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Excitement Palpable For New Carbondale-To-Crested-Butte-Trail Portion, Yet Some Unanswered Questions Remain

Excitement Palpable For New Carbondale-To-Crested-Butte-Trail Portion, Yet Some Unanswered Questions Remain

The White River National Forest has finalized its decision, granting Pitkin County the authority to construct and maintain the Redstone to McClure Pass Trail across National Forest System land. This decision covers approximately five miles of trail that traverse protected lands.

Acting White River National Forest Supervisor Heather Noel highlighted the trail’s benefits.

“The trail will improve public access and provide a safer alternative to hiking and biking along Highway 133,” she said. “It will also help meet the growing demand for local and regional trail connectivity within the upper Crystal River Valley.”

The proposed seven-mile trail will feature a natural surface, designed for non-motorized, multi-use recreation, stretching from Redstone to the summit of McClure Pass. The trail will follow the historic paths of the Rock Creek Wagon and Old McClure Pass roads, within the Colorado Highway 133 right-of-way.

Construction details have yet to be announced, but some concerns remain.

“We had some pretty important contingencies on this. One of them was that when we consider further sections of the trail to complete, we do not consider the entire life of the trail,” Pitkin County Commissioner Francie Jacober said, referring to National Environmental Policy Act reviews for the entire length of the Carbondale to Crested Butte trail. “The other is that we took out the Avalanche Creek section that has wildlife that could easily be threatened. That will not be considered again.”

Francie Sanzaro of Wilderness Workshop said the recent decisions by the U.S. Forest Service ensure a comprehensive analysis of the environmental impacts of the entire trail will occur should any more portions of the trail be proposed for construction.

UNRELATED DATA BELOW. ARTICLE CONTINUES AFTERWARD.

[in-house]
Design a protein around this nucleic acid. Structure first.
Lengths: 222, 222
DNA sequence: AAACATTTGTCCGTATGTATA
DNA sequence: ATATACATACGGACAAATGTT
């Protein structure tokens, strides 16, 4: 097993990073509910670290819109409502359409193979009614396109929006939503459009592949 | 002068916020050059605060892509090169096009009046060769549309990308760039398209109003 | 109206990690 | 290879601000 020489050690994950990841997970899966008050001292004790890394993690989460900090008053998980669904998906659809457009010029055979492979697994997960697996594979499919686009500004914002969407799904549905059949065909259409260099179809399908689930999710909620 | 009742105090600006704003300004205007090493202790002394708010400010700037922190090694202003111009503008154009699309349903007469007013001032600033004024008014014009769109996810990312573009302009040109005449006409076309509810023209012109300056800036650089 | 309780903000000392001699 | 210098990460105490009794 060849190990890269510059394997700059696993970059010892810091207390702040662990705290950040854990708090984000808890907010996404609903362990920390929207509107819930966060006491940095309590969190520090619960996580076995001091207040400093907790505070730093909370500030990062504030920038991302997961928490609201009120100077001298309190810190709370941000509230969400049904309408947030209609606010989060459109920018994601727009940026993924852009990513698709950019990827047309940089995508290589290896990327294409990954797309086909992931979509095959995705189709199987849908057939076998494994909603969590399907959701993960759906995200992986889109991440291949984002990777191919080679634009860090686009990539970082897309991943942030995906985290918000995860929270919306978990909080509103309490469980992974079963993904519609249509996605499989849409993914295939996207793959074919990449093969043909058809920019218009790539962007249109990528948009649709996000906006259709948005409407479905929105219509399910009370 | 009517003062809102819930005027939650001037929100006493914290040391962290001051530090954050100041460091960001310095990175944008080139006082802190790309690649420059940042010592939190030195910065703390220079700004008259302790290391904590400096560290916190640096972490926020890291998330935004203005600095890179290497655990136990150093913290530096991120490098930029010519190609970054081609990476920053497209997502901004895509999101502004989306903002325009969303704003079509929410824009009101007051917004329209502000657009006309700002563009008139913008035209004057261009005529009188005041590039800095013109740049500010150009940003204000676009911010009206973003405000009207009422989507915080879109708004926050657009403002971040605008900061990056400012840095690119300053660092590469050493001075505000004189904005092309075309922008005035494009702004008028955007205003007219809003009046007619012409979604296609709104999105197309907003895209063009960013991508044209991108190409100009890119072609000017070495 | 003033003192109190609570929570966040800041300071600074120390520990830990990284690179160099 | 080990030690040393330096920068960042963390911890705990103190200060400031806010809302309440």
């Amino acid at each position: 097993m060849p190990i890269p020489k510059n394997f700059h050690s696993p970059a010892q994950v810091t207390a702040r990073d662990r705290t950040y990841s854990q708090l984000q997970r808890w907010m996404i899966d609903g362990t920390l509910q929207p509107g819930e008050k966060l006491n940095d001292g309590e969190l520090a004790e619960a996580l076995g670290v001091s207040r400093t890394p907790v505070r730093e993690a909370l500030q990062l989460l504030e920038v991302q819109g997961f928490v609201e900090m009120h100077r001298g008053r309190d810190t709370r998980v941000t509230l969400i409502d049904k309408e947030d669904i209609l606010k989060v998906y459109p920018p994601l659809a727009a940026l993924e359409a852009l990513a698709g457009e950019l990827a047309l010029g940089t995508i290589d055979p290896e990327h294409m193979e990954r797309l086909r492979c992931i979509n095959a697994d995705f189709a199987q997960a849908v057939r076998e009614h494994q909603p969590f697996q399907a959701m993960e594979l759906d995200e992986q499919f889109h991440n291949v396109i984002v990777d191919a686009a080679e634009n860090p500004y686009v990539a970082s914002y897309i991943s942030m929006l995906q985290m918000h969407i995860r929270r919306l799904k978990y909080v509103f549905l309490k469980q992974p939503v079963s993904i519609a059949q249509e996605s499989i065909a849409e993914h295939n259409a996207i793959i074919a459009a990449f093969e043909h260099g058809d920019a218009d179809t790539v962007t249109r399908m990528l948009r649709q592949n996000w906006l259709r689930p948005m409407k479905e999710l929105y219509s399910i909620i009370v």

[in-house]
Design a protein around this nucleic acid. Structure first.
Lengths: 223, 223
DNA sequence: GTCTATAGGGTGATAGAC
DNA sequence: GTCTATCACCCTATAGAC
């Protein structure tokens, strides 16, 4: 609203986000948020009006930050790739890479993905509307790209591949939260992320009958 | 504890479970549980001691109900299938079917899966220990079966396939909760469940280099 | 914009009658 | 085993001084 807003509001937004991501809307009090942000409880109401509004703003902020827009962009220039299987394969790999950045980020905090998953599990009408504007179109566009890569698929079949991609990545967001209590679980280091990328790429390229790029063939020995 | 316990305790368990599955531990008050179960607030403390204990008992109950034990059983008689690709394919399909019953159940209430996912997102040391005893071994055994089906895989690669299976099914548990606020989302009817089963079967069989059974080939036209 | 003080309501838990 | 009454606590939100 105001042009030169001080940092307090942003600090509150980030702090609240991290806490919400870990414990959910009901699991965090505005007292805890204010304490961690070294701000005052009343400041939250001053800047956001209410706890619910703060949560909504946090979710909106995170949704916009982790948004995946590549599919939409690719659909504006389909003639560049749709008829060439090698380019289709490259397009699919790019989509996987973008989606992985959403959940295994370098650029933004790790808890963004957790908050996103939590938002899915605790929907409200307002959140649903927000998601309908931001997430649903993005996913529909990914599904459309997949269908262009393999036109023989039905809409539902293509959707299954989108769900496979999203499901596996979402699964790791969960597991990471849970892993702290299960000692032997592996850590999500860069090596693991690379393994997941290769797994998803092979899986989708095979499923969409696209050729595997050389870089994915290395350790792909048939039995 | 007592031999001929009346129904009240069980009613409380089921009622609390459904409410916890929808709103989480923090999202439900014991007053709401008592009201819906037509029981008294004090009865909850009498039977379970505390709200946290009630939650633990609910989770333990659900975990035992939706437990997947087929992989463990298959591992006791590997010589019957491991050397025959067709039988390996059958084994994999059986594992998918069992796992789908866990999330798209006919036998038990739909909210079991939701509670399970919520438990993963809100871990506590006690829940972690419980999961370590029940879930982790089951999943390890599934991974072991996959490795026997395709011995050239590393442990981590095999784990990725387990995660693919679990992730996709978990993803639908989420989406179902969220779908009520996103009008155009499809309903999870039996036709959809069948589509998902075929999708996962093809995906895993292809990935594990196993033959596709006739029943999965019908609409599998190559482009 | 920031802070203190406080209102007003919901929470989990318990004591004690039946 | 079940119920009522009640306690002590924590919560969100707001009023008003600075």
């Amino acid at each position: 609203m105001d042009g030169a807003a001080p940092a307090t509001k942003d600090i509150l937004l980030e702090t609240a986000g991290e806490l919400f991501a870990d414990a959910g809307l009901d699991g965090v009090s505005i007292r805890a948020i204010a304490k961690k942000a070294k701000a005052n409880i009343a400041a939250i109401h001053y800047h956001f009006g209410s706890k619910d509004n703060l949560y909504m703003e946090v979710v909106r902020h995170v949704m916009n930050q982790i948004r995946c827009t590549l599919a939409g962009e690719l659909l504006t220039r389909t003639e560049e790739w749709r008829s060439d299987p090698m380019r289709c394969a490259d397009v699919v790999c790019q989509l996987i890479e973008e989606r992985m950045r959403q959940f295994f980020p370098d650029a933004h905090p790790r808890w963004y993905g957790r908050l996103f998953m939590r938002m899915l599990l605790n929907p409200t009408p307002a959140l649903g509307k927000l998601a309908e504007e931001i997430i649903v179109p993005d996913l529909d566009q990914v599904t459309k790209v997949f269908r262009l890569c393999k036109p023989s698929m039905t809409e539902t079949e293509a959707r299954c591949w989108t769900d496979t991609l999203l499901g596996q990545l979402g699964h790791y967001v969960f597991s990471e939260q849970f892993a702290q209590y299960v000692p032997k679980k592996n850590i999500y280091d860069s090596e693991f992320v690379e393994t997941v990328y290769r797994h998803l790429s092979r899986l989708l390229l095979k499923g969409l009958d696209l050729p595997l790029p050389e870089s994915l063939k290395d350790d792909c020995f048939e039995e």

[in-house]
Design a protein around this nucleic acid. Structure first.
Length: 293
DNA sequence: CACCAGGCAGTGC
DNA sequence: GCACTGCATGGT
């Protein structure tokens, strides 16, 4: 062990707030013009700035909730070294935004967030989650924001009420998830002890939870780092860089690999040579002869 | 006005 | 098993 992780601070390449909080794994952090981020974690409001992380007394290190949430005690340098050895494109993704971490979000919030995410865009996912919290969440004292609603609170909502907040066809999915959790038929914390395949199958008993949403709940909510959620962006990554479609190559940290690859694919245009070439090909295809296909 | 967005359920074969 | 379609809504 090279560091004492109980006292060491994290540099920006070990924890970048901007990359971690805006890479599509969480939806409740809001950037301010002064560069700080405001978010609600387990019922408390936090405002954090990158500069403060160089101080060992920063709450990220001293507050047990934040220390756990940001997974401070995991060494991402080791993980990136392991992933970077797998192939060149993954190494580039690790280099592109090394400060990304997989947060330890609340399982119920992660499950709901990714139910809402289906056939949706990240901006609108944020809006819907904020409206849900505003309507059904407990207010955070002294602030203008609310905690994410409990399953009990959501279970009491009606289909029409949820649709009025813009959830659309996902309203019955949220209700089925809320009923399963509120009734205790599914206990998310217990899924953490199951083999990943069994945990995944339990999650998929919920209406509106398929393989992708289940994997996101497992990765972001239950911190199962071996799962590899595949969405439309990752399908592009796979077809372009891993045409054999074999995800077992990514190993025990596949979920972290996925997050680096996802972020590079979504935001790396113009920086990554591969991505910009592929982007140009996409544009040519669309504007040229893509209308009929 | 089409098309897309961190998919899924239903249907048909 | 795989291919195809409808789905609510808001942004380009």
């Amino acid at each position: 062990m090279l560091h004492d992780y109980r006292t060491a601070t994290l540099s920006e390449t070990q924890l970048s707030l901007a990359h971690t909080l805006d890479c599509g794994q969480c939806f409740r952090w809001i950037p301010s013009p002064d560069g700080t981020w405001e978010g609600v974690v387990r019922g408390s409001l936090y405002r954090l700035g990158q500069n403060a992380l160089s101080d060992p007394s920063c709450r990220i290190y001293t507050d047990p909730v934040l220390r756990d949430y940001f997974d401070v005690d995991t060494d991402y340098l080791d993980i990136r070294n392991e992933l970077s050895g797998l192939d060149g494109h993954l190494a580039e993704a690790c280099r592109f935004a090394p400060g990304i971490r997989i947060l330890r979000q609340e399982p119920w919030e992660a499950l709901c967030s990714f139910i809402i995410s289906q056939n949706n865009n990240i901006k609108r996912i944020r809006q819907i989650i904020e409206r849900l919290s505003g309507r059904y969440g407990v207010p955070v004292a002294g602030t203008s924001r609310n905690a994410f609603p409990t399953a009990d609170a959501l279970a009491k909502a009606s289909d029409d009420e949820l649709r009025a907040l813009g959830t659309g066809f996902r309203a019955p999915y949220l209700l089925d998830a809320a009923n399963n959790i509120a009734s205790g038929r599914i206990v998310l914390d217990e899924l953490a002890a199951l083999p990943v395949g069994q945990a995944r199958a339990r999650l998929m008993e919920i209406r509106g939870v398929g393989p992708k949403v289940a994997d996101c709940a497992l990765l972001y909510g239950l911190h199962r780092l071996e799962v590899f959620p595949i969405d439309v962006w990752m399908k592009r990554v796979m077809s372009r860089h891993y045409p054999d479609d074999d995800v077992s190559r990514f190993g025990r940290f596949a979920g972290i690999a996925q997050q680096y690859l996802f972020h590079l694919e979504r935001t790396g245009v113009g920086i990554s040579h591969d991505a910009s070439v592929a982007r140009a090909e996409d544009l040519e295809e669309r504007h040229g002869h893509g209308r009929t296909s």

“I’m very grateful to the forest service and county for their willingness to make these changes,” she said. “For now, this is great news.”

She emphasized the need for a holistic approach to ensure recreation and wildlife can co-exist.

“We will continue to advocate with land managers and officials to effectively manage recreation to avoid, minimize, and mitigate impacts on public lands’ resources and values, including wildlife and their habitat,” she said, adding, “Our earlier objection to the Redstone to McClure Pass portion of the trail reflects this focus on ensuring a comprehensive look at impacts from not just one trail or trail segment but the entirety of recreational impacts on special places like the Crystal Valley.”

Initially, Jacober opposed the new section of the trail project.

“I kind of have a feeling that we have enough trails in this valley,” she said. “We don’t need to be breaking up wilderness stretches or riparian areas for trails. The wildlife are losing their habitat.”

However, she was impressed with how the first section trail was handled, noting respect for the riparian area.

“The removal of the east side of the Crystal River and the Avalanche Creek area convinced me that I could be a ‘Yes’ vote on that,” she said.

Some of the new trail runs along Highway 133, which has seen increased traffic in recent years.

“I was hoping that the Colorado Department of Transportation (CDOT) could agree to widen the road a bit for a bike lane, but I am not sure how that is going to look,” Jacober said, acknowledging the growing danger from more traffic and impatient drivers. 

CDOT Region 3 Traffic and Safety Program Manager Zane Znamenacek noted, “It’s not ideal to have a trail right next to a highway.”

He mentioned that parts of the first section get quite close to Highway 133.

“We have asked and kind of pushed to get the trail as far away from the highway as practically possible,” he said.

He explained that guardrails were installed where the trail was very close to the highway.

“I feel like the new section of trail is definitely an improvement over what is there currently,” he said. “Ideally, the trail would be as far away from the highway as possible, or there would be some sort of barrier in place to protect riders.”

He noted that discussions about potential hazards for the new section have not yet begun.

Jacober indicated that she is uncertain how quickly the Pitkin County commissioners will proceed with construction on the new section, as more details need to be worked out. No new sections are currently being considered.


By: Westley Crouch I The Aspen Times I July 5, 2024

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